Militants suspected in latest mass kidnapping of over 100 people in Gumsuri, Nigeria on Sunday More

Video Cuba Deal Is Major Victory for Pope

Role of Francis hailed throughout US, Latin America - though some Cuban-American Catholics have mixed feelings More

This forum has been closed.
Comments
     
There are no comments in this forum. Be first and add one

Featured Videos

Your JavaScript is turned off or you have an old version of Adobe's Flash Player. Get the latest Flash player.
Sudan School Becomes Target of Aerial Attacksi
X
December 19, 2014 12:45 AM
The school dropout rate is at an all-time high in Sudan's South Kordofan state because many schools have been destroyed during the three-year civil war between the government and SPLA-N rebel forces. Adam Bailes visited Sudan's Nuba Mountains' region and reports many children are simply too scared to go to school
Video

Video Sudan School Becomes Target of Aerial Attacks

The school dropout rate is at an all-time high in Sudan's South Kordofan state because many schools have been destroyed during the three-year civil war between the government and SPLA-N rebel forces. Adam Bailes visited Sudan's Nuba Mountains' region and reports many children are simply too scared to go to school
Video

Video VOA Reporter Tours Devastated Peshawar School

Islamist militants wearing military uniforms and strapped with explosives attacked a military run school Tuesday in the northwestern Pakistani city of Peshawar. At least 141 people were killed in the horrific attack, most of them young students. VOA reporter Ayaz Gul visited the devastated school and attended the funeral of the principal who courageously tried to save her students from the deadly attack.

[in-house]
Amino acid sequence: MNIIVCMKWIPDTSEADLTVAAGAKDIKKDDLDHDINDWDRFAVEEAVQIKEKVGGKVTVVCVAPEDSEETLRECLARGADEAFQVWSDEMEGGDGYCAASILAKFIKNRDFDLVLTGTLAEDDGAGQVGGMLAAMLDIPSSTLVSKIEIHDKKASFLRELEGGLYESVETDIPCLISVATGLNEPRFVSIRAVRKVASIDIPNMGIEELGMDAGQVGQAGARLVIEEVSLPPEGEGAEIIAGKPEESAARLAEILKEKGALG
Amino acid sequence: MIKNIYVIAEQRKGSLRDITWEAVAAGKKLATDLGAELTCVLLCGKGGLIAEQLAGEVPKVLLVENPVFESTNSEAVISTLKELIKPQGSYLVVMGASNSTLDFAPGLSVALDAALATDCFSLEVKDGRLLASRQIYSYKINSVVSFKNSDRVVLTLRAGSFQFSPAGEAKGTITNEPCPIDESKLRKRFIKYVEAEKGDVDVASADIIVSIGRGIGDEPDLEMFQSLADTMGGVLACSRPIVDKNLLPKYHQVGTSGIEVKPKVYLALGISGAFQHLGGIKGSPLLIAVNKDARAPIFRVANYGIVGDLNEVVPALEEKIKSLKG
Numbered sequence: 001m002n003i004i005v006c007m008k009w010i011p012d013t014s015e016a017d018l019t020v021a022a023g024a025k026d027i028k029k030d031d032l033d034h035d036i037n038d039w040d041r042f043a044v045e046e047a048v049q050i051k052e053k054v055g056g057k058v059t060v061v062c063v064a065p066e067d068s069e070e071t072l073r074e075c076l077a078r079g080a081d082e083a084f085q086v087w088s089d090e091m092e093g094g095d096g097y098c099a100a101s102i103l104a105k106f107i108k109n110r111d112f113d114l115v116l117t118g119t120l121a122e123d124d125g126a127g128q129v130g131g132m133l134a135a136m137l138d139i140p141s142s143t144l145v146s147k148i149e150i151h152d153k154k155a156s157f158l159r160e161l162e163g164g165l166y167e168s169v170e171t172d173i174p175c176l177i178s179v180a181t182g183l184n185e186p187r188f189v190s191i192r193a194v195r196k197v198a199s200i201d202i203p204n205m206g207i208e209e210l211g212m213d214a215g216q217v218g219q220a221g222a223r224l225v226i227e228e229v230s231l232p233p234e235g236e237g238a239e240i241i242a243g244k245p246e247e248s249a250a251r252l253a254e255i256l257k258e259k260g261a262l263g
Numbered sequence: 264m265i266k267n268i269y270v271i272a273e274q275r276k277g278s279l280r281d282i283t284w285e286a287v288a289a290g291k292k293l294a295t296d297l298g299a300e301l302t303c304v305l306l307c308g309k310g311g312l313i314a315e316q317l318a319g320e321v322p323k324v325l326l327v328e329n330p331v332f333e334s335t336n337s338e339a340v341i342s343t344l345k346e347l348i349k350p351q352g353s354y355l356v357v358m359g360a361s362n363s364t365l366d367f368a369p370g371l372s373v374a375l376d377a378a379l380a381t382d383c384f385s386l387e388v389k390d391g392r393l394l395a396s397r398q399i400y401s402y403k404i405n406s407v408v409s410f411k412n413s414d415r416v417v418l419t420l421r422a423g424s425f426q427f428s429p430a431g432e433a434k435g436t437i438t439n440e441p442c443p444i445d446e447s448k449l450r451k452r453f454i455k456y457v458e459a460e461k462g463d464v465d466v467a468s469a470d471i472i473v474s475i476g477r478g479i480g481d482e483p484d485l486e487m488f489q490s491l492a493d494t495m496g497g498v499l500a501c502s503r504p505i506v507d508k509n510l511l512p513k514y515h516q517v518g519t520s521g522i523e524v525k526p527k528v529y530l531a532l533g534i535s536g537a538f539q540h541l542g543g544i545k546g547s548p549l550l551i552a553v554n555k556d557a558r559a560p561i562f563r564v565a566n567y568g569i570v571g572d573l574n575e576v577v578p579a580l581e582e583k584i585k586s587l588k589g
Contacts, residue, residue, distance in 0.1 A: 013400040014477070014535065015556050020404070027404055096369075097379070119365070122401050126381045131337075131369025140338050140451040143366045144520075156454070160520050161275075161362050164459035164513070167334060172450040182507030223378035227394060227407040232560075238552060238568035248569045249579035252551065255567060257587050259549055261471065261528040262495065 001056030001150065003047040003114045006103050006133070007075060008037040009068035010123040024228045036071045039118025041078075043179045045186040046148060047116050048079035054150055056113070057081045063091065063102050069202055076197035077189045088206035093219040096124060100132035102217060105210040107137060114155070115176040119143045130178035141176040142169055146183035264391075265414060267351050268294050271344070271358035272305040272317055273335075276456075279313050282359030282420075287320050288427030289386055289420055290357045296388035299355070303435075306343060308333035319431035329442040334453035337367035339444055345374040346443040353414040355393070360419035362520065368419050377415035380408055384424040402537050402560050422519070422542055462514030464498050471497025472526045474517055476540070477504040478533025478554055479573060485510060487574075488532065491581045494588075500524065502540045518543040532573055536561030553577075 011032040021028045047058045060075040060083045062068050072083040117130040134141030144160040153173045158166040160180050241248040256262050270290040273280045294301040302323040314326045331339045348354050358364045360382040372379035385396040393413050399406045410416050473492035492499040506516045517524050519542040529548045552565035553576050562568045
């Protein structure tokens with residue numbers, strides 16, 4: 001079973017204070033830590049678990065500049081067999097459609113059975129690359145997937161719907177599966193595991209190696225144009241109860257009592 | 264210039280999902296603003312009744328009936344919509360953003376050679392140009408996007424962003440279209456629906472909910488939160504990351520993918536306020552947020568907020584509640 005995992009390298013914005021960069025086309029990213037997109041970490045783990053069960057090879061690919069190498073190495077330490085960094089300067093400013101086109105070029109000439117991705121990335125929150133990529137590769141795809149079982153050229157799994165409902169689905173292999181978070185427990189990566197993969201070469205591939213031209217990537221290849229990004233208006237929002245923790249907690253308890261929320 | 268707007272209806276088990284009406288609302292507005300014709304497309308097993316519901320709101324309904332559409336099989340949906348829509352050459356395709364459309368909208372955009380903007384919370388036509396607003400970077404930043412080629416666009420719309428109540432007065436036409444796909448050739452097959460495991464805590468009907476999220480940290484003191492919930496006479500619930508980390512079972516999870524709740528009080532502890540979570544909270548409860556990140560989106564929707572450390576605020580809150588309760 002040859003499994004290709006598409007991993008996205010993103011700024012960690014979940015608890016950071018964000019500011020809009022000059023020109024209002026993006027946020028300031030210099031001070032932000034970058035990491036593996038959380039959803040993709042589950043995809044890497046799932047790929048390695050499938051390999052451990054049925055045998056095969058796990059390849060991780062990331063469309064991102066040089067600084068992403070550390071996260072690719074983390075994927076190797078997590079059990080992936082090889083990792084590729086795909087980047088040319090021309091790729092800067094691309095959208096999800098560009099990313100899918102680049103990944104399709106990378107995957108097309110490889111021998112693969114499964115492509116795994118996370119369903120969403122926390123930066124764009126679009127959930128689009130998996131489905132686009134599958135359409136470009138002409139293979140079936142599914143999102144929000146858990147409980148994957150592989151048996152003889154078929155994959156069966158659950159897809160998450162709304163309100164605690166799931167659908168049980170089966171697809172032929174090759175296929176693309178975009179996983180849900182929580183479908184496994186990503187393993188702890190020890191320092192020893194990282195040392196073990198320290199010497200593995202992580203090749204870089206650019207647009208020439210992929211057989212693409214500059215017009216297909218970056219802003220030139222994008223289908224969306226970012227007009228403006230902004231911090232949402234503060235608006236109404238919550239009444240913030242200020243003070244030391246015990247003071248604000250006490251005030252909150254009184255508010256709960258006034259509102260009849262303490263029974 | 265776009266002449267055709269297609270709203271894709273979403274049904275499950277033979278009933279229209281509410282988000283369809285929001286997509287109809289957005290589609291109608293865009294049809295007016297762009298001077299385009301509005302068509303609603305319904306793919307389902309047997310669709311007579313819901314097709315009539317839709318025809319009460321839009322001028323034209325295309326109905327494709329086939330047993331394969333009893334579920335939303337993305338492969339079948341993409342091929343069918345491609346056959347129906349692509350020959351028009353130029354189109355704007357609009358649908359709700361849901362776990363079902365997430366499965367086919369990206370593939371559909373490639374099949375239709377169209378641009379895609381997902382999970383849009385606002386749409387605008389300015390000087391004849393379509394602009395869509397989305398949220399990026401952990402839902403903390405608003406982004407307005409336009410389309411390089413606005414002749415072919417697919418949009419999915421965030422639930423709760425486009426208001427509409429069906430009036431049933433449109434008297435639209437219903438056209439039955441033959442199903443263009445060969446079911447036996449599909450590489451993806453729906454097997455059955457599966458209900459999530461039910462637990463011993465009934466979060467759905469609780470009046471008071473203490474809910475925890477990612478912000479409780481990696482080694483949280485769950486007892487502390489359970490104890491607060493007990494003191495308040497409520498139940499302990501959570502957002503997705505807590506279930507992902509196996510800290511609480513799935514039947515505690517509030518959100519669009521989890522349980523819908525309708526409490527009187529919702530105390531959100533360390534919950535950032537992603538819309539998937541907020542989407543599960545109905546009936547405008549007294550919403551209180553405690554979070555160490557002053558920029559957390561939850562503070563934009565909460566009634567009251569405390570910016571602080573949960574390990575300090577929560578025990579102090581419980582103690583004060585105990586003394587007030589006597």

Video

Video Nigerians Fleeing Boko Haram Languish in Camp Near Capital

In its five-year effort to impose Islamic law in northeastern Nigeria, the Boko Haram extremist group has killed thousands of people and forced hundreds of thousands to flee. Some of those who ran for their lives now live in squalor on the edges of the capital, Abuja. Chris Stein reports for VOA.
Video

Video Putin Says Russian Economy Will Emerge Stronger

Russian President Vladimir Putin has said his country's sinking economy will not only recover but also become stronger, despite falling oil prices and Western sanctions over Ukraine. VOA's Daniel Schearf reports.
Video

Video Detained Turkish Journalists Follow Teachings of US-Based Preacher

The Turkish government’s jailing of critical journalists has sparked international condemnation and is being seen as an effort to undermine the followers of an ailing Turkish preacher based in the United States. VOA religion reporter Jerome Socolovsky has more.
Video

Video ‘Anti-Islamization’ Marches Increase Tensions In Germany

Anti-immigrant rallies in Germany have been building in recent weeks, peaking Monday night in the city of Dresden where tens of thousands of people turned out to demonstrate against what they call the ‘Islamization’ of the West. Germany has offered asylum to more Syrian refugees than any other country, and this appears to have set off the protests. Henry Ridgwell reports from London.
Video

Video Aceh Rebuilt Decade After Tsunami, But Scars Remain

On December 26, 2004 there was an earthquake in the Indian Ocean so powerful it caused the Earth’s axis to wobble a few centimeters. Onshore on the island of Sumatra, the resulting tsunami was devastating. A decade later, VOA Correspondent Steve Herman reports from Banda Aceh, Indonesia, where although there is little remaining evidence of the physical devastation, the psychological scars among survivors remain.
Video

Video Refugees Living in Kenya Long for Peace in the Home Countries

Kenya is host to numerous refugees seeking safe haven from conflict. Immigrants from Somalia face challenges in their new lives in Kenya. Ahead of International Migrants Day (December 18) Lenny Ruvaga has more for VOA News from the Kenyan capital.

All About America

AppleAndroid